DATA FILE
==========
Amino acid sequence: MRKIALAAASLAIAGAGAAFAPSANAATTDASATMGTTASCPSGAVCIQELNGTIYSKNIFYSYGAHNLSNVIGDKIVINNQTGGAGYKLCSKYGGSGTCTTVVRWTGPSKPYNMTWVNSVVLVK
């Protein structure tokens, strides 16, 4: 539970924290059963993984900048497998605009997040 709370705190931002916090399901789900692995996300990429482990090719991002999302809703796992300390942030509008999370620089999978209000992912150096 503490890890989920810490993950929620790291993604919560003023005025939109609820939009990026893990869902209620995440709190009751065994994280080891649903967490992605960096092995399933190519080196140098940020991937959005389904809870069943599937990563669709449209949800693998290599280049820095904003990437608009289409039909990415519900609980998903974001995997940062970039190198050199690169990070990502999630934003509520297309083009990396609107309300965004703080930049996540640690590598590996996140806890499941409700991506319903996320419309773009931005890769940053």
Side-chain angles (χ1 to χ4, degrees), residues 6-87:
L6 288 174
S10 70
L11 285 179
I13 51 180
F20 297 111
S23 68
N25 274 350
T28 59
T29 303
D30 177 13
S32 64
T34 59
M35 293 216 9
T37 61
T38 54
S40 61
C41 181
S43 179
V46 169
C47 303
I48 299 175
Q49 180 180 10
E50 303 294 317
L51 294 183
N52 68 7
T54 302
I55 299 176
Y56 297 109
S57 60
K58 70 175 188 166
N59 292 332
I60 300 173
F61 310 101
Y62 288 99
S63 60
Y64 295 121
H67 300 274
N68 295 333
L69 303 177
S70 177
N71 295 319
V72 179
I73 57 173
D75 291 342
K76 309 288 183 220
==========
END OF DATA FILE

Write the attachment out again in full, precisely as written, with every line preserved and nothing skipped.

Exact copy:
Amino acid sequence: MRKIALAAASLAIAGAGAAFAPSANAATTDASATMGTTASCPSGAVCIQELNGTIYSKNIFYSYGAHNLSNVIGDKIVINNQTGGAGYKLCSKYGGSGTCTTVVRWTGPSKPYNMTWVNSVVLVK
């Protein structure tokens, strides 16, 4: 539970924290059963993984900048497998605009997040 709370705190931002916090399901789900692995996300990429482990090719991002999302809703796992300390942030509008999370620089999978209000992912150096 503490890890989920810490993950929620790291993604919560003023005025939109609820939009990026893990869902209620995440709190009751065994994280080891649903967490992605960096092995399933190519080196140098940020991937959005389904809870069943599937990563669709449209949800693998290599280049820095904003990437608009289409039909990415519900609980998903974001995997940062970039190198050199690169990070990502999630934003509520297309083009990396609107309300965004703080930049996540640690590598590996996140806890499941409700991506319903996320419309773009931005890769940053």
Side-chain angles (χ1 to χ4, degrees), residues 6-87:
L6 288 174
S10 70
L11 285 179
I13 51 180
F20 297 111
S23 68
N25 274 350
T28 59
T29 303
D30 177 13
S32 64
T34 59
M35 293 216 9
T37 61
T38 54
S40 61
C41 181
S43 179
V46 169
C47 303
I48 299 175
Q49 180 180 10
E50 303 294 317
L51 294 183
N52 68 7
T54 302
I55 299 176
Y56 297 109
S57 60
K58 70 175 188 166
N59 292 332
I60 300 173
F61 310 101
Y62 288 99
S63 60
Y64 295 121
H67 300 274
N68 295 333
L69 303 177
S70 177
N71 295 319
V72 179
I73 57 173
D75 291 342
K76 309 288 183 220